The cycle of setting ‘em up and knocking ‘em down has been repeated countless times at Elmira Bowl. From novices to national champions, bowlers of all stripes have played at the five-pin alley since the doors first opened in 1961.
This month, Elmira Bowl is celebrating 50 years of service.
First owned and operated by Roland Ruppel, the First Street business exchanged a few hands before current owners Karl and Mary Jordan bought it in 1986.
For the last 25 years the Jordans have been maintaining the alleys and improving the quality of the sport for Elmira’s bowlers.
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An avid bowler himself, Karl decided to buy the business after spending time doing lane certification for the five-pin association in Bolton.
“I don’t know what made us decide to own a bowling alley. I just got it into my head that is was something that I wanted to do; when this came up I thought we would give it a shot. It’s a decent living if a family wants to work at it, but it takes a lot of work,” he explained.
The Jordans have put a considerable amount of time into the place, and like many who run their own businesses they have seen the plus and minuses of working for themselves.
“At the end of the day the one in charge is you – if you want to succeed you just have to keep motivated,” said Mary.
Many changes have occurred over the last five decades. Gone are the pin boys who would be stationed at the end of the alley way to reset the old original wooden pins, replaced by automated equipment. Even the pins are gone, giving way to plastic ones.
New advances in technology introduced computerized scoring to the lanes in the 1980s. Just last summer the Jordans spent well over $100,000 on upgrades, including new décor replacing the old yellow fiberglass benches and wooden chairs and tables with new carpets, seating, tables and a synthetic floor on all the lanes.
“Every year we added something new to the business like computers, pins, floors and eventually we redesigned the look of the alley,” said Mary. “It was a way to keep the place fresh and inviting.”
Although the upgrades have been costly, Karl said it was a step in the right direction.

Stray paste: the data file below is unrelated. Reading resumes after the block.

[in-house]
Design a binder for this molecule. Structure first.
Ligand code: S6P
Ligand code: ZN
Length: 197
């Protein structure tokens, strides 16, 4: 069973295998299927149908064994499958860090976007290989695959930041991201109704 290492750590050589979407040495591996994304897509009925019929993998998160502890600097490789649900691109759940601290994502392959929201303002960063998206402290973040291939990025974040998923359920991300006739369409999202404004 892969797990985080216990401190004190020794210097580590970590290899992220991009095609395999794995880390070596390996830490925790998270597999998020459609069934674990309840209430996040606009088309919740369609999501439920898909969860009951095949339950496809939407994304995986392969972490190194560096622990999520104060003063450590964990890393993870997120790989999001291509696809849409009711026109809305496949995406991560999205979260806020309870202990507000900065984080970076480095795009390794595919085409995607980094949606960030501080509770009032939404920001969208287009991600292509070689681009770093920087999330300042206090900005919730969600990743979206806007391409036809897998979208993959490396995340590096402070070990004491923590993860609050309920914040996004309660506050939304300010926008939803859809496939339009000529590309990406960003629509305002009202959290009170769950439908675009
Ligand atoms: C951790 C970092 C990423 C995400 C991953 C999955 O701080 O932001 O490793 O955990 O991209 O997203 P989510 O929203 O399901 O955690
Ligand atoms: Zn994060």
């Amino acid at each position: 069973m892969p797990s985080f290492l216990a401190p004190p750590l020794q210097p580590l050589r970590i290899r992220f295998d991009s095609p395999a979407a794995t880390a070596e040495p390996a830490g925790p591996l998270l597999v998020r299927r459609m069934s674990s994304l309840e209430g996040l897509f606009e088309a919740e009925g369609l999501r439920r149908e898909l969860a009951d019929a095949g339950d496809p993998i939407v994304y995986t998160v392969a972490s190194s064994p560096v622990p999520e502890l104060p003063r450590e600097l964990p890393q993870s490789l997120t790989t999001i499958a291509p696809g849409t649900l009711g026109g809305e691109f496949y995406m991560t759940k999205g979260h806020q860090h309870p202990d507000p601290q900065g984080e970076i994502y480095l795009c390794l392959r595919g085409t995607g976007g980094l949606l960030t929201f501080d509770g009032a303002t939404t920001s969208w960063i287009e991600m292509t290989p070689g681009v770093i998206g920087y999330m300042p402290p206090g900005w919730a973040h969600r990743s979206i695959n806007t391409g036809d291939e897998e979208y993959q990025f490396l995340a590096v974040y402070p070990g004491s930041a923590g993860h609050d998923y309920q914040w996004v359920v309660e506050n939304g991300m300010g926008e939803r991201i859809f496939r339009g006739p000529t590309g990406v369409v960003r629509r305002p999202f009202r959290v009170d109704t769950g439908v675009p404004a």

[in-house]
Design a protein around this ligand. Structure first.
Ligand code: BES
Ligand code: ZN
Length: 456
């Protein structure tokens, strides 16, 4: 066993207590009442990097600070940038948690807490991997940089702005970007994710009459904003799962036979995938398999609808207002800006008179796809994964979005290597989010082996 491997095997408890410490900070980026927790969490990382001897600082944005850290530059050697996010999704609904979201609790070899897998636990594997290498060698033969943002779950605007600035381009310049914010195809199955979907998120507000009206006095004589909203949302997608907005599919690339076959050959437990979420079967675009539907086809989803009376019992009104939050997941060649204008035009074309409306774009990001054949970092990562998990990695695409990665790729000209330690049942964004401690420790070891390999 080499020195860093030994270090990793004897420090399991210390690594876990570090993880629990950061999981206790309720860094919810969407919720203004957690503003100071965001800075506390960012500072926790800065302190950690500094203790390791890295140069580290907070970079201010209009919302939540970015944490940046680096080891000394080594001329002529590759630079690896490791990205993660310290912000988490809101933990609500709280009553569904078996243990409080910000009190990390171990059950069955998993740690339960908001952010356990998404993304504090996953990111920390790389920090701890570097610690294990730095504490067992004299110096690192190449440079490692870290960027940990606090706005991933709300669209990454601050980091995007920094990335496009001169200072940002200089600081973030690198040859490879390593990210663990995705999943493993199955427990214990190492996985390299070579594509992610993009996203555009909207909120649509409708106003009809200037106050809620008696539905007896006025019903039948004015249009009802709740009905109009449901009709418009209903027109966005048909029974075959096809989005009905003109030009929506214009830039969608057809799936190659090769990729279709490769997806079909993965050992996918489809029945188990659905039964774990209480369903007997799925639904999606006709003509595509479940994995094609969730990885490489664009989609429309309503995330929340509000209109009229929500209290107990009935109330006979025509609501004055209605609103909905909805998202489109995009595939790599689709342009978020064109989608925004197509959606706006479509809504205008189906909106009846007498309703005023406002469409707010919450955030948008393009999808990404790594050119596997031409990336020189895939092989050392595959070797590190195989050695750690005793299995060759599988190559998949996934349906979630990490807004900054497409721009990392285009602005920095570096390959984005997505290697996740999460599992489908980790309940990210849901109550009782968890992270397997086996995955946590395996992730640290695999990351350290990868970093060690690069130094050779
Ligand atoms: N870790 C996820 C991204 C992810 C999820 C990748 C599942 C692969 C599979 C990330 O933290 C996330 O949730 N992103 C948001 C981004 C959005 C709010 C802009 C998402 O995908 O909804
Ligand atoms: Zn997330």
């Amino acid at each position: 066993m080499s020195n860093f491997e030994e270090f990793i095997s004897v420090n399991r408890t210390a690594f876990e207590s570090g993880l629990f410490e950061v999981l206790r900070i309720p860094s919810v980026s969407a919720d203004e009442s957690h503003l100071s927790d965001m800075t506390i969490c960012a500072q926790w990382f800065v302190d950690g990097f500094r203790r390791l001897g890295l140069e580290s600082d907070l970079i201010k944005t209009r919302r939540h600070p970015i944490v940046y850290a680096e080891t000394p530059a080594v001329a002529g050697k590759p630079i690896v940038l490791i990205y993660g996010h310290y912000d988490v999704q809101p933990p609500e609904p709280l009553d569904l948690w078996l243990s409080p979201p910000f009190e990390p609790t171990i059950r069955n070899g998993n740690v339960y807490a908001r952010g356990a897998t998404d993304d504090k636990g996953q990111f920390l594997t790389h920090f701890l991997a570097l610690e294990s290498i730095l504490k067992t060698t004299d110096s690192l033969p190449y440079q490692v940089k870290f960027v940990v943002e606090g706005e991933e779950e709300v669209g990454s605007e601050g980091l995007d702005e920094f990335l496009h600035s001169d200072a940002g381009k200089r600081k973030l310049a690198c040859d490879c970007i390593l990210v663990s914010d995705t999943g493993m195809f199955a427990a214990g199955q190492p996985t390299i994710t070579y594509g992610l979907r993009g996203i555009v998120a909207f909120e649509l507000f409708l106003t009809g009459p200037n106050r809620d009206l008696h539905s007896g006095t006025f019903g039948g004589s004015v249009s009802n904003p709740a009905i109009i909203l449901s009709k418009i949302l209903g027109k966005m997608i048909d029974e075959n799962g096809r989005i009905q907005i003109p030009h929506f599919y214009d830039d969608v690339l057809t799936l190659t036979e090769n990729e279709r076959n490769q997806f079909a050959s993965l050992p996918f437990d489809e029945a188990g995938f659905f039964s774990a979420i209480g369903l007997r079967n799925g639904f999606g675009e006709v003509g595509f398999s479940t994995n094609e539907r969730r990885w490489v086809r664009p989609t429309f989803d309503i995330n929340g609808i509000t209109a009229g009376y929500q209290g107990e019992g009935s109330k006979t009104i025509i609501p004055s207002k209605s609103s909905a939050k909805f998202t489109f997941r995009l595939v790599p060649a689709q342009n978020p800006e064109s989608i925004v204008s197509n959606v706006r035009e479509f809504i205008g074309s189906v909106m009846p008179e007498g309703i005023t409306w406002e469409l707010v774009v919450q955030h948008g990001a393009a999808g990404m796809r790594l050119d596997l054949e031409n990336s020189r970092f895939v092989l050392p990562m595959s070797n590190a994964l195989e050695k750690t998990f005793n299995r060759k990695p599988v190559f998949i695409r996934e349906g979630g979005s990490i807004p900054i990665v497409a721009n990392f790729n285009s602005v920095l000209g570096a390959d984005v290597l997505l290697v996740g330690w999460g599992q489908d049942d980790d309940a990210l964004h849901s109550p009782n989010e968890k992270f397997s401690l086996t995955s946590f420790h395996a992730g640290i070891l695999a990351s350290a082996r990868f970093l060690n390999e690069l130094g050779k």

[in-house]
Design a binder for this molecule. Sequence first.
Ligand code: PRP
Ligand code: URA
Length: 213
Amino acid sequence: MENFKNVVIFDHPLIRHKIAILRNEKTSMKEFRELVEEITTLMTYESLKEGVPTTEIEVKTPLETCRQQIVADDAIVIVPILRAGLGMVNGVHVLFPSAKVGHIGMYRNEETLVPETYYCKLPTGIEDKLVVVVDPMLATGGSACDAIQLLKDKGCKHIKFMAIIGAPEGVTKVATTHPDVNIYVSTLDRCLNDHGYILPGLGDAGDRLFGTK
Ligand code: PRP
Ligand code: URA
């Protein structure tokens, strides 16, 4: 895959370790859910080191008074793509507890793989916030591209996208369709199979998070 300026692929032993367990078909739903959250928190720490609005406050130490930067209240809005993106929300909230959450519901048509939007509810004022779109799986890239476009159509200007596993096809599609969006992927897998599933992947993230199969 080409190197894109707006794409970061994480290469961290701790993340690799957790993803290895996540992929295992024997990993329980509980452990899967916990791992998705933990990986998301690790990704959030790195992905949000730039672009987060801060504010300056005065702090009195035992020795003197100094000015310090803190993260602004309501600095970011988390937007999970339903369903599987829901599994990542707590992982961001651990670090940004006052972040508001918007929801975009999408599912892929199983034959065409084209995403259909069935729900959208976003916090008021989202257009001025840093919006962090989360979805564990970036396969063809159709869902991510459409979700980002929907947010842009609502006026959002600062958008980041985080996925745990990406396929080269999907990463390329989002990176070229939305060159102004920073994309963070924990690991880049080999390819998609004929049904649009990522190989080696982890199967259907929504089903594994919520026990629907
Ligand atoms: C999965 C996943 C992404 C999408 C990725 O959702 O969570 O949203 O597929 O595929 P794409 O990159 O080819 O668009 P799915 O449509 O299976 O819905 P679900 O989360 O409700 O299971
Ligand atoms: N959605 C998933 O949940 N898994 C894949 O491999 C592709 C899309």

Through the years the husband and wife team have seen a decline in the interest of the sport from the younger generation in Elmira.
“Our league nights are still popular but the demographics have changed. It is the kids that are hard to get out to bowl nowadays. There is so much for them to do, we are competing with all the other sports in town,” said Mary.
Keeping with the times the alley introduced glow-in-the-dark bowling to keep children entertained while participating in the sport but has seen a decline in recent years as well.
“It’s not as popular as it once was. It is more popular in college towns: we only have glow-in-the-dark for birthday parties or by request now,” said Mary.
Even with a slight decline in young bowlers the Jordans still have a few families from grandparents to grandchildren that come out to bowl on a weekly basis. Though they don’t keep track of exact figures, they estimate that the alley see nearly 500 bowlers a week.
“It is a shame that we have seen a decline because it’s a great sport for kids. In the youth leagues, a kid can go all the way to the national finals and it really doesn’t cost them anything,” said Karl.
As a benefit to owning the alley, the Jordans have toured the country because of all the national competitors that have practiced on the Elmira Bowl lanes.
“We have been from sea to sea, all because of the bowling alley,” said Mary. “We have been to Saskatoon, Lethbridge, Vancouver, Calgary, Edmonton, Winnipeg, Newfoundland and Quebec and have gone as coaches and as cheerleaders and as support for our national participants.”
As part of the celebrations marking 50 years, the Jordans are inviting all past national and provincial competitors for the unveiling of the National Photo Quilt handmade by Mary. The final square of the quilt will be a photo of everyone together taken on Aug. 26 at the bowling alley.
“I just want to get as many people together as we can,” said Mary. “I have kept scrapbooks and newspaper articles from over the years and I will be putting together a display of the history of the bowling alley for the celebration.”
Having marked the facility’s anniversary, the couple has decided it’s time to retire, putting the bowling alley up for sale.
“We are ready to retire. I will be 66 at the end of August and I have been bitten by the travel bug. We are hoping to spend some time in our trailer and head south for the winter and then tour North America for the next three years. I think it will be great,” said Karl.
Whether or not the Jordans continue to operate the business it is a sport that Karl will never be able to leave behind.
“I still bowl twice a week. It’s a sport that anyone can do. We have league players as young as four years old to players in their late-80s,” he noted. “It is very easy to do and you can have a lot of fun doing it.”
There will be a party held at Elmira Bowl on Aug. 26 at 7 p.m. to mark the milestone.